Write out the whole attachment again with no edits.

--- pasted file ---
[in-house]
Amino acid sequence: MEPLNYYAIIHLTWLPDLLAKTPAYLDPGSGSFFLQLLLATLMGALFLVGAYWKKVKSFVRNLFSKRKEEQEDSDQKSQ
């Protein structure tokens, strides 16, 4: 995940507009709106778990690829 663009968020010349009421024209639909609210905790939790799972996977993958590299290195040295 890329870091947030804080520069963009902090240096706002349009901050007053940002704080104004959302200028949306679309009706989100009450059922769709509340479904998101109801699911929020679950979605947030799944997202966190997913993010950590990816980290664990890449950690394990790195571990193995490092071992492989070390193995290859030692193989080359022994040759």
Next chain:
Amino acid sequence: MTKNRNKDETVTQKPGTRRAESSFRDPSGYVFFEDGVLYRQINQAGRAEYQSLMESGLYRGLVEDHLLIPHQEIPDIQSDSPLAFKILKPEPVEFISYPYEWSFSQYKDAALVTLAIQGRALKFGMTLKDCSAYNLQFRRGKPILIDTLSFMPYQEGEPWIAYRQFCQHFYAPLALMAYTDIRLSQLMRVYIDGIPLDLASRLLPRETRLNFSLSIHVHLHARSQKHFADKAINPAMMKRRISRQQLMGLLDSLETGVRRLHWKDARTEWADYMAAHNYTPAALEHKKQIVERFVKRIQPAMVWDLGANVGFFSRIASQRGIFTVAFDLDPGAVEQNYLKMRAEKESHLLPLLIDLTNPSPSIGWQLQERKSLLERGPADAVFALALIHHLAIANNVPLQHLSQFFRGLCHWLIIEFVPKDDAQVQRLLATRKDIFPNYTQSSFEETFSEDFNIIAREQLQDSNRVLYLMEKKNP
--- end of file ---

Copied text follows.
[in-house]
Amino acid sequence: MEPLNYYAIIHLTWLPDLLAKTPAYLDPGSGSFFLQLLLATLMGALFLVGAYWKKVKSFVRNLFSKRKEEQEDSDQKSQ
């Protein structure tokens, strides 16, 4: 995940507009709106778990690829 663009968020010349009421024209639909609210905790939790799972996977993958590299290195040295 890329870091947030804080520069963009902090240096706002349009901050007053940002704080104004959302200028949306679309009706989100009450059922769709509340479904998101109801699911929020679950979605947030799944997202966190997913993010950590990816980290664990890449950690394990790195571990193995490092071992492989070390193995290859030692193989080359022994040759």
Next chain:
Amino acid sequence: MTKNRNKDETVTQKPGTRRAESSFRDPSGYVFFEDGVLYRQINQAGRAEYQSLMESGLYRGLVEDHLLIPHQEIPDIQSDSPLAFKILKPEPVEFISYPYEWSFSQYKDAALVTLAIQGRALKFGMTLKDCSAYNLQFRRGKPILIDTLSFMPYQEGEPWIAYRQFCQHFYAPLALMAYTDIRLSQLMRVYIDGIPLDLASRLLPRETRLNFSLSIHVHLHARSQKHFADKAINPAMMKRRISRQQLMGLLDSLETGVRRLHWKDARTEWADYMAAHNYTPAALEHKKQIVERFVKRIQPAMVWDLGANVGFFSRIASQRGIFTVAFDLDPGAVEQNYLKMRAEKESHLLPLLIDLTNPSPSIGWQLQERKSLLERGPADAVFALALIHHLAIANNVPLQHLSQFFRGLCHWLIIEFVPKDDAQVQRLLATRKDIFPNYTQSSFEETFSEDFNIIAREQLQDSNRVLYLMEKKNP